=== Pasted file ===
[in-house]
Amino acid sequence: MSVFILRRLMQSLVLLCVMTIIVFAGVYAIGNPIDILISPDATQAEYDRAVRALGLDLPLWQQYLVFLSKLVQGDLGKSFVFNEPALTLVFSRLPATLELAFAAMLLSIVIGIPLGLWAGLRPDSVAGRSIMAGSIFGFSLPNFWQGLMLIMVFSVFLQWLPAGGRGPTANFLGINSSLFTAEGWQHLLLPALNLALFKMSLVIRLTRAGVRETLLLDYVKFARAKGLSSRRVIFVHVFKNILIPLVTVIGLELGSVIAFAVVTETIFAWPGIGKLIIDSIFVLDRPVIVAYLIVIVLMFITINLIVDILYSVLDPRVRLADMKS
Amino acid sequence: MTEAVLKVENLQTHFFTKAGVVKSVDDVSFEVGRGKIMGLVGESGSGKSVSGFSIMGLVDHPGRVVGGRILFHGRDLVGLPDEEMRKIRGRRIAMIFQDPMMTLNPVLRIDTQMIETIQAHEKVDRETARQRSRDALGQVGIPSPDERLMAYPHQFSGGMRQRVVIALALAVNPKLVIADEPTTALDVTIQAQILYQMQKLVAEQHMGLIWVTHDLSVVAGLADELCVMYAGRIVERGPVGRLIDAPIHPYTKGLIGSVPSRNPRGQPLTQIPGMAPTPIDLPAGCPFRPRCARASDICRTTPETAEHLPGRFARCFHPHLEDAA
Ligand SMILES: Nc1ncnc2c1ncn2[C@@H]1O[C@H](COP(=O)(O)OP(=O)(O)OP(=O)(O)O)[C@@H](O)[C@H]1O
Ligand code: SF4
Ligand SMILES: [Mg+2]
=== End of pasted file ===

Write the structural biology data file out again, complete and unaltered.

[in-house]
Amino acid sequence: MSVFILRRLMQSLVLLCVMTIIVFAGVYAIGNPIDILISPDATQAEYDRAVRALGLDLPLWQQYLVFLSKLVQGDLGKSFVFNEPALTLVFSRLPATLELAFAAMLLSIVIGIPLGLWAGLRPDSVAGRSIMAGSIFGFSLPNFWQGLMLIMVFSVFLQWLPAGGRGPTANFLGINSSLFTAEGWQHLLLPALNLALFKMSLVIRLTRAGVRETLLLDYVKFARAKGLSSRRVIFVHVFKNILIPLVTVIGLELGSVIAFAVVTETIFAWPGIGKLIIDSIFVLDRPVIVAYLIVIVLMFITINLIVDILYSVLDPRVRLADMKS
Amino acid sequence: MTEAVLKVENLQTHFFTKAGVVKSVDDVSFEVGRGKIMGLVGESGSGKSVSGFSIMGLVDHPGRVVGGRILFHGRDLVGLPDEEMRKIRGRRIAMIFQDPMMTLNPVLRIDTQMIETIQAHEKVDRETARQRSRDALGQVGIPSPDERLMAYPHQFSGGMRQRVVIALALAVNPKLVIADEPTTALDVTIQAQILYQMQKLVAEQHMGLIWVTHDLSVVAGLADELCVMYAGRIVERGPVGRLIDAPIHPYTKGLIGSVPSRNPRGQPLTQIPGMAPTPIDLPAGCPFRPRCARASDICRTTPETAEHLPGRFARCFHPHLEDAA
Ligand SMILES: Nc1ncnc2c1ncn2[C@@H]1O[C@H](COP(=O)(O)OP(=O)(O)OP(=O)(O)O)[C@@H](O)[C@H]1O
Ligand code: SF4
Ligand SMILES: [Mg+2]